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Culpepper plans on staying with Vikings

Daunte Culpepper wanted to make sure there was no misinterpretation: He's concerned with getting healthy, not speculation about his future with the Minnesota Vikings.

EDEN PRAIRIE, Minn. (Feb. 16, 2006) -- Daunte Culpepper wanted to make sure there was no misinterpretation: He's concerned with getting healthy, not speculation about his future with the Minnesota Vikings.

And Culpepper, unless he's told otherwise by owner Zygi Wilf, plans to play quarterback for the Vikings this fall.

He didn't respond specifically to a report that the team is considering trading him because of his recent requests for more money. But Culpepper offered his take on the rumors that have surrounded him since the season ended.

"I have found over the years that people with knowledge of the situation are usually the most ignorant, and anonymous sources are usually synonymous with cowards who don't want to go on the record," Culpepper said in an e-mail to The Associated Press. "My position has been and continues to be that I am focusing on rehabilitating my knee so that I can come back and play the game I love at the highest level.

"Until I hear different from Mr. Wilf or the new 'triangle of authority' at the Vikings, I plan on playing quarterback for Minnesota. Trying to delve into speculation, innuendo, rumor or anything else of this nature would be a waste of energy. I choose at this time to spend my energy on getting healthy. Thank you for relaying this message to the public."

The Star Tribune of Minneapolis, citing an anonymous person with knowledge of the situation, reported that the team is gauging Culpepper's trade value in response to his contract demands. The newspaper, citing three anonymous sources with knowledge of the situation, also reported that Culpepper tried three times in a six-week period ending Jan. 31 to upgrade his deal.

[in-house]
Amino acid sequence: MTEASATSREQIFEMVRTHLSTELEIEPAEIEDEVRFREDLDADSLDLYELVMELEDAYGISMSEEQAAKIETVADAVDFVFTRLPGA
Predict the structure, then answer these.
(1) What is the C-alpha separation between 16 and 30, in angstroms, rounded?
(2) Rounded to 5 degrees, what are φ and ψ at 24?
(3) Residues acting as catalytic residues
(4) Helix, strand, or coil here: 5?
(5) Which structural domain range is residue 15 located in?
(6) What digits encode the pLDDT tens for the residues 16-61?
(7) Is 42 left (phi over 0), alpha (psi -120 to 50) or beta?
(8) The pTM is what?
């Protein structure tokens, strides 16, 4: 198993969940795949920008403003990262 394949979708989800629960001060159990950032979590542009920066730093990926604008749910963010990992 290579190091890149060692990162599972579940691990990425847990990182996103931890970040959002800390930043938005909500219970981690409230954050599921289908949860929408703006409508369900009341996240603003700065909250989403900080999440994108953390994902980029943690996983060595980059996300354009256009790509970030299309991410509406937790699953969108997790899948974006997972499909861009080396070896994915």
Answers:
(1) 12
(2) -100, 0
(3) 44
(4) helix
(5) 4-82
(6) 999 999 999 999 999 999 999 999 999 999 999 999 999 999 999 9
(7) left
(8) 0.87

Culpepper let his longtime agent, Mason Ashe, go last month. He has been representing himself since then, saying he wanted to be more involved in his financial business.

The Vikings, coincidentally, introduced their new vice president of player personnel, Fran Foley, at a news conference at their headquarters. But Foley wouldn't address this subject, or much of anything else, and Wilf didn't take questions.

"My position will be that we're not going to talk about our football business in public," Foley said. "It's just not going to happen. It's not the way that I do business, and it won't be the way that we'll do business from this point forward."

Foley, who spent the last three seasons with San Diego and the nine years before that with Jacksonville as a personnel official, was asked twice more for general comments on Culpepper. He declined.

"Whether it's Daunte or another player," Foley said, "I can't give you an evaluation on him as a performer -- or our plans with the player."

Culpepper, who was picked for his third Pro Bowl following a record-setting year in 2004, struggled badly through the first part of the 2005 season before tearing the anterior cruciate, medial collateral and posterior cruciate ligaments in his knee during a game against Carolina last Oct. 30.

He had surgery Nov. 15 and has since spent most of his time rehabilitating in Florida. He spoke last month by phone with new coach Brad Childress, who said at his introductory news conference that the 29-year-old Culpepper "right now, is the franchise quarterback."

But that doesn't mean he will continue to be, despite Wilf's previous pledge to pay Culpepper a $6 million bonus he's due in March.

Though he has maintained his innocence, Culpepper's image was tainted after a wild boat party produced three misdemeanor charges for him and three teammates. The Vikings also must judge his on-field value, considering veteran quarterback Brad Johnson 's success in relief and the uncertainty of Culpepper's health following such a catastrophic injury.

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